By simply changing the way Augustina was being and thinking about a limiting behavior, and by changing her feelings about that, she could immediately become a stronger leader. This would, in turn, improve her leadership brand.
Actions to Take:
Walk through the triangle exercise, from bottom to top, asking yourself about your thoughts related to a challenge you’re facing. How does that specific thought make you feel? How does that feeling cause you to behave? What outcomes does that behavior have on your success and on your brand as a leader? Sit back and reflect on how that underlying thought – how you are being – is impacting the results you get.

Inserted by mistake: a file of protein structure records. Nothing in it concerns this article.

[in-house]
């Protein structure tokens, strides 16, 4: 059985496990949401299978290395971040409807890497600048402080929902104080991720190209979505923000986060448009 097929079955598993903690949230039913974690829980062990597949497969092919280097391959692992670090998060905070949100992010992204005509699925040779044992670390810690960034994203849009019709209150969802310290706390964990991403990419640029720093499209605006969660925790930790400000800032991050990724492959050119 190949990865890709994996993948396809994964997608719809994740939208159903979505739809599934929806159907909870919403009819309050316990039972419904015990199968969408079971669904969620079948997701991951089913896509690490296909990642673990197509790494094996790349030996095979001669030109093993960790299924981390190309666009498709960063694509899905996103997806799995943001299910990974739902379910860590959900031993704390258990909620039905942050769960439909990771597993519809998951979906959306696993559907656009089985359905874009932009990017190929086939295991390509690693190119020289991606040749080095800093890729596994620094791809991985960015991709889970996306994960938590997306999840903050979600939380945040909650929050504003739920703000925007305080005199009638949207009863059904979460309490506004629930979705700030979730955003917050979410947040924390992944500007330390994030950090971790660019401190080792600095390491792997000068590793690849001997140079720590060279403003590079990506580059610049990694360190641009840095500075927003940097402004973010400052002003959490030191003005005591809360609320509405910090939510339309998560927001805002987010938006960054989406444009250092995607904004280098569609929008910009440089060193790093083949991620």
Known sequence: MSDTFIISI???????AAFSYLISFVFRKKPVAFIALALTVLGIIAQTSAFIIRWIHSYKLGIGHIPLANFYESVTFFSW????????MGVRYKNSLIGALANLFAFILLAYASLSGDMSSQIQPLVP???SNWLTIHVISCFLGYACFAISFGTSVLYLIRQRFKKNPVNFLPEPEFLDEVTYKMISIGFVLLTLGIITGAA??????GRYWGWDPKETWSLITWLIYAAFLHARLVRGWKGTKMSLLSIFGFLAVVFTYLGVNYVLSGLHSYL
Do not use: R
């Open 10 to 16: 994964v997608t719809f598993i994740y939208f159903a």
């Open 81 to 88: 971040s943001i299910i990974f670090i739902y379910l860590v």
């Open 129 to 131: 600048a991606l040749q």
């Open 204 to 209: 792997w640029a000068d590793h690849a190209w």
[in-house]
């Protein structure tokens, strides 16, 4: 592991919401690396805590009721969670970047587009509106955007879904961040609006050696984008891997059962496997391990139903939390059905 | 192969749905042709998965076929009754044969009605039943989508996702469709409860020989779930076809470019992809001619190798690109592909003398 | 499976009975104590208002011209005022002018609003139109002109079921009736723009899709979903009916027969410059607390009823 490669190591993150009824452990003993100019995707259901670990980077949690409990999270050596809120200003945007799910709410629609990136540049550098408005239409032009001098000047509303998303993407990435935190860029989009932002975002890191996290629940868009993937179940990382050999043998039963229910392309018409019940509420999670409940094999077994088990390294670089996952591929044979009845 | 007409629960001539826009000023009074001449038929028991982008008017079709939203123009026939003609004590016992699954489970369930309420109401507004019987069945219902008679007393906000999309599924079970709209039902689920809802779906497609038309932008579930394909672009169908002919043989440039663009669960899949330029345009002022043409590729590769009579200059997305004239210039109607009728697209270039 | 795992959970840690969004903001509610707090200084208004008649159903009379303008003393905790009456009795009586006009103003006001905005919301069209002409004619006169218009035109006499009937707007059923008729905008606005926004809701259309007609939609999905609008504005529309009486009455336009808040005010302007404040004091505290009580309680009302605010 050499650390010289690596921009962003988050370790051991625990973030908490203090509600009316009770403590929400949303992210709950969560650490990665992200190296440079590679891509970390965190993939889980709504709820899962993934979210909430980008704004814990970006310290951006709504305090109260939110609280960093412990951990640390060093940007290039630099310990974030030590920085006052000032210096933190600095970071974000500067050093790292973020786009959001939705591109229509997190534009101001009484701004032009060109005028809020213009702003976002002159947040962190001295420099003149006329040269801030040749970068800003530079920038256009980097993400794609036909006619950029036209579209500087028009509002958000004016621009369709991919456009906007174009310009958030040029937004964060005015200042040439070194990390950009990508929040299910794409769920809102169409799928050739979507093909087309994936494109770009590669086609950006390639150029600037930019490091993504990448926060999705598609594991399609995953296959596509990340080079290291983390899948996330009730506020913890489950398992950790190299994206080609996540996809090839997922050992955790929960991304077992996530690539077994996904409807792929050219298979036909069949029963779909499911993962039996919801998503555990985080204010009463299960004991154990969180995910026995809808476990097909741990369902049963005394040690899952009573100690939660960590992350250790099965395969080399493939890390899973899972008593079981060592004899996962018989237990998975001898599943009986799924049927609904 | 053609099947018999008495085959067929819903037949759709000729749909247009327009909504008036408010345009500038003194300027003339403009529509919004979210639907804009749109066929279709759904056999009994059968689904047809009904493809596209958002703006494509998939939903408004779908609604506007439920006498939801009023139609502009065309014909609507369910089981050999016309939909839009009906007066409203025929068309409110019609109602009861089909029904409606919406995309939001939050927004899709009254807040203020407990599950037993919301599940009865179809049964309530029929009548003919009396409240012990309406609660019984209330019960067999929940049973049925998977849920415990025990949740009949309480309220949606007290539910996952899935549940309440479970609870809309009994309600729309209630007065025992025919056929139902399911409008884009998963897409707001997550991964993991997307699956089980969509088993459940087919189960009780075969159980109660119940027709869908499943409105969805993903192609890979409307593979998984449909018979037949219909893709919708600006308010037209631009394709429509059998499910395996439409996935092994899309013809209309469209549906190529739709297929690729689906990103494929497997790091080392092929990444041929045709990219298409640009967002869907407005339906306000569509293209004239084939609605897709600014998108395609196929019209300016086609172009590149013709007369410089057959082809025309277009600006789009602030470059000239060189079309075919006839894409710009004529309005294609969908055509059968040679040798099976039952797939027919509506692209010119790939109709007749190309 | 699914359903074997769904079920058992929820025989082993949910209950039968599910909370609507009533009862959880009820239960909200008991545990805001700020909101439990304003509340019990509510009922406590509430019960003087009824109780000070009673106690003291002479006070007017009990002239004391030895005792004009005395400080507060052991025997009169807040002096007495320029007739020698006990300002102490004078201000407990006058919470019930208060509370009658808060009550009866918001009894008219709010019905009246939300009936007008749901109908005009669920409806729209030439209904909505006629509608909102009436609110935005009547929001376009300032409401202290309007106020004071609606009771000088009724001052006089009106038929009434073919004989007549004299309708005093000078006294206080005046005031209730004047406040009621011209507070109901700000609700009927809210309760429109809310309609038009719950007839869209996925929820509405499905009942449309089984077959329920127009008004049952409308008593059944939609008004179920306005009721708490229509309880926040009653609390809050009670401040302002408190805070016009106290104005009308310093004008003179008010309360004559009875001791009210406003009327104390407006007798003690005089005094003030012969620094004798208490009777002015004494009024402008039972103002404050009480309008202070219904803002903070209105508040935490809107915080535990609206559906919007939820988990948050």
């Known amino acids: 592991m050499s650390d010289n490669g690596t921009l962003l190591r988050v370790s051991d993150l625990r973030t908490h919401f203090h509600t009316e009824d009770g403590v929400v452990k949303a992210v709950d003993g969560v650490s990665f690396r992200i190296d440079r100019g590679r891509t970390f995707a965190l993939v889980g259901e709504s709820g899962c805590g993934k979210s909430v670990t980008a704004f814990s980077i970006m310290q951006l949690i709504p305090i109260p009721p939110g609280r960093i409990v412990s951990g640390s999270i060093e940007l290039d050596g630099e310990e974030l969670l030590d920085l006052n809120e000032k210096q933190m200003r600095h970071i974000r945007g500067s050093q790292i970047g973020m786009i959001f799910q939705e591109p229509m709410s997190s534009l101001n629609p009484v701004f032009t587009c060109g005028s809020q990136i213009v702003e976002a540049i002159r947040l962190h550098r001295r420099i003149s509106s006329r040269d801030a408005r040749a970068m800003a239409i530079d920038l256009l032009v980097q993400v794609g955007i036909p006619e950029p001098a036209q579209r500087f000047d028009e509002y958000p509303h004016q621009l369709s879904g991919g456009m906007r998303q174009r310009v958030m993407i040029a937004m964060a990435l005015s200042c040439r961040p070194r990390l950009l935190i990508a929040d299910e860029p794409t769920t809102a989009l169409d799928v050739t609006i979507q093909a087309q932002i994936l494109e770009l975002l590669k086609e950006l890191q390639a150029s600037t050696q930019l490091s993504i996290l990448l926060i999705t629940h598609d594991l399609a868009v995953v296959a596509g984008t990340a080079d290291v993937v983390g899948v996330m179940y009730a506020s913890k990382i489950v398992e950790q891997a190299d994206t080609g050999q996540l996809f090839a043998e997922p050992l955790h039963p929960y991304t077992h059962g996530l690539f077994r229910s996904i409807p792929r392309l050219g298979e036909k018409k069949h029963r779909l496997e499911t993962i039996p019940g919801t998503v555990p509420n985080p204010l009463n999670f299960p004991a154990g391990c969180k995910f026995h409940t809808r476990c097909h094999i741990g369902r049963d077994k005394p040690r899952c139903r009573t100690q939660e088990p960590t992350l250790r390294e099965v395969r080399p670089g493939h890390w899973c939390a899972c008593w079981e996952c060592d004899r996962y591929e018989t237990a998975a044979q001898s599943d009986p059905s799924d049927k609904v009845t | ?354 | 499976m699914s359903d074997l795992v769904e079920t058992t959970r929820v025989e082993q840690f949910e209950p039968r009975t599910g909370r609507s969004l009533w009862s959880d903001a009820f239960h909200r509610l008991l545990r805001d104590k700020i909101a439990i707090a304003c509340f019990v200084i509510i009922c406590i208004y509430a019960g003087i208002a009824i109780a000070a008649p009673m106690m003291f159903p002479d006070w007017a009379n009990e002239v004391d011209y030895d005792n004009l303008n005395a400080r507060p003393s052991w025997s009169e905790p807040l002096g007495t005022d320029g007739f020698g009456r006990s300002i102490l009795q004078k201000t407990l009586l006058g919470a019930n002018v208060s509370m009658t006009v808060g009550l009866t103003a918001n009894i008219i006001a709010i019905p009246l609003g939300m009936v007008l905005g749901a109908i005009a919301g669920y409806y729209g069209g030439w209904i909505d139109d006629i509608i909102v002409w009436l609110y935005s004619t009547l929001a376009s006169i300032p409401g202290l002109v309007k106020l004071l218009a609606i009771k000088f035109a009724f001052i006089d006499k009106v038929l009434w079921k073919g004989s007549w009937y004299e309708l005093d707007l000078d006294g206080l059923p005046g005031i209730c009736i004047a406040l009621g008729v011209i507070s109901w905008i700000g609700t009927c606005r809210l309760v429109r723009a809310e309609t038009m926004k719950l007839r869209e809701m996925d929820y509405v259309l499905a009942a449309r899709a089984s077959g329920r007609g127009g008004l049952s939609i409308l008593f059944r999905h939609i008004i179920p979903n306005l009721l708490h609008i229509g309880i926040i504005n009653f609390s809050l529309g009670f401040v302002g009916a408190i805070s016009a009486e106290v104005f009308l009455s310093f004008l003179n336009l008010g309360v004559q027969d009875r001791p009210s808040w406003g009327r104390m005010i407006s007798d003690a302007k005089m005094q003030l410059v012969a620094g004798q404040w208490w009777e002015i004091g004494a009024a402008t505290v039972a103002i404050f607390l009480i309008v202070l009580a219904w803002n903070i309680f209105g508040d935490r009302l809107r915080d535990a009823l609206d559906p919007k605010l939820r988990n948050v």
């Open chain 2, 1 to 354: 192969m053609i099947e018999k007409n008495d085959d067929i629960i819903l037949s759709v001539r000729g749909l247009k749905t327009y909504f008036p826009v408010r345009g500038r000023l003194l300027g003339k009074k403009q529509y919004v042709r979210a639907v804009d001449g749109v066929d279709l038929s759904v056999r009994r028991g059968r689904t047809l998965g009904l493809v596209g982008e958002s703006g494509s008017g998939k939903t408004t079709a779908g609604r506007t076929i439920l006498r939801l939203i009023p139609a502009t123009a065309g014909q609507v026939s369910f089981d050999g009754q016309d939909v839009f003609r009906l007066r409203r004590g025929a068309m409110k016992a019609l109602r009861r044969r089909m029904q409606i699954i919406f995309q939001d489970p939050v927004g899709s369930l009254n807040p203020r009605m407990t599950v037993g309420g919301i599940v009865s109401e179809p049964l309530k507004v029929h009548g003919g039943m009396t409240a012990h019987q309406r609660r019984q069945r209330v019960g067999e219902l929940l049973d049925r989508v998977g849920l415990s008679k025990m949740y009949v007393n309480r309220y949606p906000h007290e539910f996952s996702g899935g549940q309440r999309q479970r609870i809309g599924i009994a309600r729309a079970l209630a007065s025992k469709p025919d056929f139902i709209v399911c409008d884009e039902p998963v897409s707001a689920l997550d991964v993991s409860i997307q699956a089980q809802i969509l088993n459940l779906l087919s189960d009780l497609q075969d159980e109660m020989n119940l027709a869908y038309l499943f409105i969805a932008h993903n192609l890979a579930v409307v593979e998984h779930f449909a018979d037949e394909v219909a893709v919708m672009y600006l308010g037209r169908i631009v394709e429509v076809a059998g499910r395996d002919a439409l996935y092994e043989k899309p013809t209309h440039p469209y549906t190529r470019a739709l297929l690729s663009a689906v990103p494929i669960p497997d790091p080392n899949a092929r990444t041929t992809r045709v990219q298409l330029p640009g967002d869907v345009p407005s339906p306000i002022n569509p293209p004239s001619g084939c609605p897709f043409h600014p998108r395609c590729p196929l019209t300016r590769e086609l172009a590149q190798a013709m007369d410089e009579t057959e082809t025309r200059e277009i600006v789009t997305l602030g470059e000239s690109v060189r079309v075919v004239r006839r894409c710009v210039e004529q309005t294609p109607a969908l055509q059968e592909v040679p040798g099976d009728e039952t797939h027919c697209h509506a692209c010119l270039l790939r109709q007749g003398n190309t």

Then, work your way through the triangle a second time, this time thinking a positive, forward-focused thought about that same challenge. How does this new thought make you feel? How would this feeling make you behave? What result would you get from this new behavior?
Changing the way you are being and the thoughts you have create a powerful shift that will drive positive, long-lasting change.
Make a commitment to yourself that the next time a challenge arises in the workplace, you’ll remember to think differently about that challenge, and alter the way you are being/thinking/feeling. Ultimately, that’s what will result in greater short- and long-term outcomes … and, yes, successfully achieving your New Year’s resolutions!